My new idea is to retain the single pass scan, but use a purpose-built data structure to represent the stack. At the top is a window of k elements, then after that is a linked list (or perhaps a linked list of chunks; honestly I haven’t worked through all the implications, much less actually implemented and done performance measurement).
The combine operation tries to fit the new combined sequence in the window (up to a shared link, which it can just retain). But if it overflows, then it must allocate, most likely using an atomic bump allocator into global memory, as is often done in piet-gpu.
To do a real performance analysis would require an implementation, but it should be possible to reason about it a bit.
Clearly performance will be excellent if stack depth is shallow. The rate at which the linked list will be invoked will depend on the workload, and also the parallelism patterns. It’s worth noting that if the scan is run sequentially, then the linked list operations will always be cheap. This is because the concatenation at the heart of the monoid operation is asymmetrical when using a linked list - a large sequence on the left is cheap when the sequence on the right is small, but not the other way around. When running the scan purely sequentially, the monoid on the right is always of size 1 at most.
And the decoupled lookback implementation of scan, which is state of the art, runs essentially sequentially at large granularity; it just tries to exploit as much parallelism as the hardware provides at smaller granularity. Even with extremly deep nesting, it should build and retain a linked list of the stack as it scans, with a relatively smaller window for the part of the problem currently in flight.
There is another reason to be optimistic about performance. While the bandwidth of communication between partitions scales with the window size, that’s not necessarily true for processing within a partition. Putting aside for a moment the relatively challenging problem of implementing an efficient GPU kernel (which by necessity would exploit SIMD parallelism), consider a decoupled look-back implementation running on a more traditional multicore CPU, where each thread is sequential.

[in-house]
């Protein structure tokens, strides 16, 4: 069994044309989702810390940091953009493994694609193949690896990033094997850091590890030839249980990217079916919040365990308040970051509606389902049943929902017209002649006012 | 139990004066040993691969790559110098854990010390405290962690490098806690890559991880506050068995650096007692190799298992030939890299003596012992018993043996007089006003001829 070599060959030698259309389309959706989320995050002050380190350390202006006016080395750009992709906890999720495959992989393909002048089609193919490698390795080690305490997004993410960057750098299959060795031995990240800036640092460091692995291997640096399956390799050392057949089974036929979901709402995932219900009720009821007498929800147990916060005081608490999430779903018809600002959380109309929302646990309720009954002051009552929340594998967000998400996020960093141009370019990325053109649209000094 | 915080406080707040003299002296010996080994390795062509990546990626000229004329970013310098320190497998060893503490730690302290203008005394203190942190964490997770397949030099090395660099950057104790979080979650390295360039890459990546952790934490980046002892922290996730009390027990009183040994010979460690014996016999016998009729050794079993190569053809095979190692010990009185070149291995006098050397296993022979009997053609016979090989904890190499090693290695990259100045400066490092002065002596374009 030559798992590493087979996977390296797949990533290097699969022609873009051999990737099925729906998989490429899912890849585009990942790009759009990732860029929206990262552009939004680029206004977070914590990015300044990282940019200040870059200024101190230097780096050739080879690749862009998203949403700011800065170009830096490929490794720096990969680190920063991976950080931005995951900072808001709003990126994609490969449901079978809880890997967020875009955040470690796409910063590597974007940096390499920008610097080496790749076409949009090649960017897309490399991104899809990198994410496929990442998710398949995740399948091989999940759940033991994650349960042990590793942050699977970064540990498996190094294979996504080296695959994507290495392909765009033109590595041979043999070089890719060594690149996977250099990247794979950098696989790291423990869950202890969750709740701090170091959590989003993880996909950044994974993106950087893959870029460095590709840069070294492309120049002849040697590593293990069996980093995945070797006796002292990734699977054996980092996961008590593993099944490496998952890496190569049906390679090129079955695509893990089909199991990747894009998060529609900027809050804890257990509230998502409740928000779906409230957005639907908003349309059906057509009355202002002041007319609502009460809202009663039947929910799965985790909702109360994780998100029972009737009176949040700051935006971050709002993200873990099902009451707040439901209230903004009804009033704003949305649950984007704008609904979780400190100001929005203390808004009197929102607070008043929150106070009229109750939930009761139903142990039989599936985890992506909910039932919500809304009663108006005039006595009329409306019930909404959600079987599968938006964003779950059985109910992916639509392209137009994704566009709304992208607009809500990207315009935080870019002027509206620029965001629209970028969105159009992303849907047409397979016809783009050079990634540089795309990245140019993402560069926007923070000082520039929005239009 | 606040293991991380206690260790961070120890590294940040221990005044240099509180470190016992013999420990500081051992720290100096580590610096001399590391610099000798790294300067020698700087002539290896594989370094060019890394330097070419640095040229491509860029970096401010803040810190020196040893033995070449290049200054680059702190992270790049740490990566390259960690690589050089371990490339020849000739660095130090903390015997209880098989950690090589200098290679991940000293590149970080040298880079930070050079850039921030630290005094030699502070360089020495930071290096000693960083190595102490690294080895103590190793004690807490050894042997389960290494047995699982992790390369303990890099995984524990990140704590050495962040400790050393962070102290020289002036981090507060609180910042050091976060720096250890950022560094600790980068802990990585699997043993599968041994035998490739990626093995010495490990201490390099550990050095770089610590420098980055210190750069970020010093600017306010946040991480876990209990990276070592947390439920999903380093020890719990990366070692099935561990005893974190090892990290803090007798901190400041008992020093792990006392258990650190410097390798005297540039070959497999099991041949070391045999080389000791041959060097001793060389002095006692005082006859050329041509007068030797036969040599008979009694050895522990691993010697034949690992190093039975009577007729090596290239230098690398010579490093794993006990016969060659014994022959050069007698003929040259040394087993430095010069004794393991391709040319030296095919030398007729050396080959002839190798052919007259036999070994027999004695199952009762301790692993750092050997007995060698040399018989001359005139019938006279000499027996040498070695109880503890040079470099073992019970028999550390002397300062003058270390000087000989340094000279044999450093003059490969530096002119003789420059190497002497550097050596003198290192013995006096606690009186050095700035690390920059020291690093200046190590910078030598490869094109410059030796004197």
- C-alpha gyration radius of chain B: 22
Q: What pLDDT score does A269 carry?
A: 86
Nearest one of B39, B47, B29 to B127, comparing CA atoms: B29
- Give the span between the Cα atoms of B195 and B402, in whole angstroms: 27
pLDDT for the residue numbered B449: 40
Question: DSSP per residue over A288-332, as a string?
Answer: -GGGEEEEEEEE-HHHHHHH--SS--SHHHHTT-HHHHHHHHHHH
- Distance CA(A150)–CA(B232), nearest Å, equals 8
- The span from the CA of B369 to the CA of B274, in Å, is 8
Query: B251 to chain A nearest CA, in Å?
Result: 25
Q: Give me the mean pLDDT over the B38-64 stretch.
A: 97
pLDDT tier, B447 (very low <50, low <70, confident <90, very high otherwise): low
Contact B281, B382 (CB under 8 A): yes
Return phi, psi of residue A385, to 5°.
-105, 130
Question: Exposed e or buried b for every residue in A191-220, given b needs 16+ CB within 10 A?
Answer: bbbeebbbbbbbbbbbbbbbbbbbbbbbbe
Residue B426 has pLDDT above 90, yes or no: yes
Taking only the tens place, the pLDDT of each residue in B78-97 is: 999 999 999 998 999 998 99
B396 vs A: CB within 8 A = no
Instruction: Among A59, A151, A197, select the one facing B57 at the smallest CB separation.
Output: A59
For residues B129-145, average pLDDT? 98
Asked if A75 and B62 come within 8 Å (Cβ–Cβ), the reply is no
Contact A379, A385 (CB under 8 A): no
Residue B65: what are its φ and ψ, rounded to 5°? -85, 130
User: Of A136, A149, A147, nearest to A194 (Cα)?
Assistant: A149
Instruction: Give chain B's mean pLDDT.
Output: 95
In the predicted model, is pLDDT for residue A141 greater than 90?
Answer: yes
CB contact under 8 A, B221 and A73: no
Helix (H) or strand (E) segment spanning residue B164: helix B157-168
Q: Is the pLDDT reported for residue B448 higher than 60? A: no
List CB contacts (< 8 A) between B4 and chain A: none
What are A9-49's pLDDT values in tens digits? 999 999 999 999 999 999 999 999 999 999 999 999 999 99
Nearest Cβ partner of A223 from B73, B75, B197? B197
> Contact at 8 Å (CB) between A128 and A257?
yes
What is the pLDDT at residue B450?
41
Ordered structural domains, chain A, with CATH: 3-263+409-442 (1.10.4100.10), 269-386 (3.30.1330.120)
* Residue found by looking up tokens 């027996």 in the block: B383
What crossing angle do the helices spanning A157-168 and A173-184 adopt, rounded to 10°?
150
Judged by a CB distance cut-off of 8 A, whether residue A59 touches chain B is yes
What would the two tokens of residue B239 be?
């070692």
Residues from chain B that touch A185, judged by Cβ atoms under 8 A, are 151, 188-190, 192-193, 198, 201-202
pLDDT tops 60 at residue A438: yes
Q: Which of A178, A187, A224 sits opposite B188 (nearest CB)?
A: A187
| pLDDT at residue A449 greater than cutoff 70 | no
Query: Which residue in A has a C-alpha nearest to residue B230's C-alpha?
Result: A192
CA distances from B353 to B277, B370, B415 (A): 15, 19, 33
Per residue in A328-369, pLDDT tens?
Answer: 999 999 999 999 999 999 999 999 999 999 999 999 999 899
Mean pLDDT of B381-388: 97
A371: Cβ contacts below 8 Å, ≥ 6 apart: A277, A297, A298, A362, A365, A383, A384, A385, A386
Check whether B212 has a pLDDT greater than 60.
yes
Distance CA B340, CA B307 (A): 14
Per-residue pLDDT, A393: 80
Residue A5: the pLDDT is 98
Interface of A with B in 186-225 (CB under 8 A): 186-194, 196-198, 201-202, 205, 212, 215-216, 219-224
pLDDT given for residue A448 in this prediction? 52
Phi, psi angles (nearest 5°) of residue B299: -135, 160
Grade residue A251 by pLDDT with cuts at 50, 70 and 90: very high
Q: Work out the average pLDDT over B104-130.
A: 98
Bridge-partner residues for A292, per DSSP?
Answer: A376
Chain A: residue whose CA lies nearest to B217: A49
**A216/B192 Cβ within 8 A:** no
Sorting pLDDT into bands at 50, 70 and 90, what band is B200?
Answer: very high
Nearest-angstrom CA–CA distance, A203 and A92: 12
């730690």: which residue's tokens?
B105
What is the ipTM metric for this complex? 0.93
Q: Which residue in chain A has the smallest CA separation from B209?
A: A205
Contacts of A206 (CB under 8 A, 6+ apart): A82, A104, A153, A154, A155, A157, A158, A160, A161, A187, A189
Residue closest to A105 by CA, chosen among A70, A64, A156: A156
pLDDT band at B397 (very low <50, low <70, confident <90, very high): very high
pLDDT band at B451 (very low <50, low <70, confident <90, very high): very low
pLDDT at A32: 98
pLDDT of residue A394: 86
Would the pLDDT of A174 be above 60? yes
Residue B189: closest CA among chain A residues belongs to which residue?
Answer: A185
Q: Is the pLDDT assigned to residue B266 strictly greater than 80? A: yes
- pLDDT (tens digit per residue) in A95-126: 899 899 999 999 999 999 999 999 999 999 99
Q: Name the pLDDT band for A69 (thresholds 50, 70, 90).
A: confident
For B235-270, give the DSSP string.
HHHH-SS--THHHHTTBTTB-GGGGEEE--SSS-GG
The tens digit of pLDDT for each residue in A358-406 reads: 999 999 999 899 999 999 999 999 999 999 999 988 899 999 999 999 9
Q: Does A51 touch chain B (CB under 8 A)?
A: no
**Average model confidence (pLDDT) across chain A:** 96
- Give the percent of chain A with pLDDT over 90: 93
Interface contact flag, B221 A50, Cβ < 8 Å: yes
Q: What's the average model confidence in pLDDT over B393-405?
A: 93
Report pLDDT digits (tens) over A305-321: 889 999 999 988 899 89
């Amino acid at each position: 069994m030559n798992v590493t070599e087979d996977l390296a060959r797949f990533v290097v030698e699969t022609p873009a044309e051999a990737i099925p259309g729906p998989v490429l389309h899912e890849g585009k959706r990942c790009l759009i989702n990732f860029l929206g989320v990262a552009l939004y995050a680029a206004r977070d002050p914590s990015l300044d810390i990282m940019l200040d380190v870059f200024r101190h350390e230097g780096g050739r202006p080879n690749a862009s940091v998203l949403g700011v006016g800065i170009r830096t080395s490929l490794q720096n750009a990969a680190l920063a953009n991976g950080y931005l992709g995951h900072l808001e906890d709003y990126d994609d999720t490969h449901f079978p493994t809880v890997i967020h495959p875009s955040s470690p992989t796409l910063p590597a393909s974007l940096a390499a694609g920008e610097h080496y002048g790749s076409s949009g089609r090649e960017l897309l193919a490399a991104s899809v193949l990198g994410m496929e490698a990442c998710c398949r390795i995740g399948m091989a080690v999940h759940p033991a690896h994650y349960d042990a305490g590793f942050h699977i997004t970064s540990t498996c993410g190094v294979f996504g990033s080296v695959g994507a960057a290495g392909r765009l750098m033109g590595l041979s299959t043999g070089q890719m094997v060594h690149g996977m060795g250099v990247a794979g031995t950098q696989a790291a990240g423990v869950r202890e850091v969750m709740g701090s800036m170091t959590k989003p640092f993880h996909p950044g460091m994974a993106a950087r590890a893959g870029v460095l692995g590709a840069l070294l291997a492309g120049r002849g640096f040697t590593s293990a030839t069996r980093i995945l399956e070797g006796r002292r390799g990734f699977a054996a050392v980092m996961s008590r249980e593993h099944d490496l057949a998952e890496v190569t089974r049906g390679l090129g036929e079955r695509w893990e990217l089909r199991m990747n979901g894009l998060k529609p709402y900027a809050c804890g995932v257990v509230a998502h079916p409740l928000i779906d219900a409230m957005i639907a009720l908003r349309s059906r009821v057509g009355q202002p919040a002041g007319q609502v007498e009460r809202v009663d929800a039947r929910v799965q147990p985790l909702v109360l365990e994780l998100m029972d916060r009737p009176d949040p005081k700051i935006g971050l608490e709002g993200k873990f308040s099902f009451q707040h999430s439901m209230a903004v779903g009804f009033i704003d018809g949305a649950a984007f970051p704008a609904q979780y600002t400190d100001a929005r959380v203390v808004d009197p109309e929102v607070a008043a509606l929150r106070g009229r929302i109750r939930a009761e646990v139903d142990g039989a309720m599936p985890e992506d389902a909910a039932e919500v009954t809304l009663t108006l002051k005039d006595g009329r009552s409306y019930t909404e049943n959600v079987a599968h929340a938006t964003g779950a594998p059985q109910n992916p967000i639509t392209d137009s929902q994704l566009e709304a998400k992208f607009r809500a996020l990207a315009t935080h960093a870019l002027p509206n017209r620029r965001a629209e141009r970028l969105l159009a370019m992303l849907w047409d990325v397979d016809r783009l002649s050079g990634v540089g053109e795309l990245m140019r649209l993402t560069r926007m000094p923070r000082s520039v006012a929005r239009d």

Basically, the first pass runs the traditional, sequential stack algorithm, with the modification that some of the input stack might not be available. At the end is the monoid, with “n_pops” being a count of the number of times that happened, and the sequence containing all the elements pushed inside that partition.
In the decoupled lookback phase, this monoid is published for consumption of partitions to the right, and the partition also computes the aggregate from partitions to the left. The cost of the monoid operations in this phase will be proportional to the size of the window, but keep in mind that the number of aggregates is orders of magnitude less than the number of elements.
Finally, in the second pass over the elements, the stack algorithm is run again, and this time elements that were missing in the first pass are available, from the aggregate obtained during the decoupled lookback phase. As another potential optimization, the second pass might “jump over” subtrees that were computed entirely locally within the partition in the first pass, only doing work on subtrees that cross partition boundaries.
Thus, my analysis is that the work factor is extremely good for this algorithm, meaning that on a 64 core processor, it might come within striking distance of 64 times faster than a single core sequential implementation (obviously modulo all the usual other factors that make this challenging).
As I mentioned, an efficient GPU kernel is likely to be challenging, probably requiring tricky techniques to exploit SIMD (warp) parallelism without spending too much time computing the monoid composition, but the fact that it seems to work so well in the multicore case is an encouraging sign that an efficient, fully GPU-tuned implementation is possible.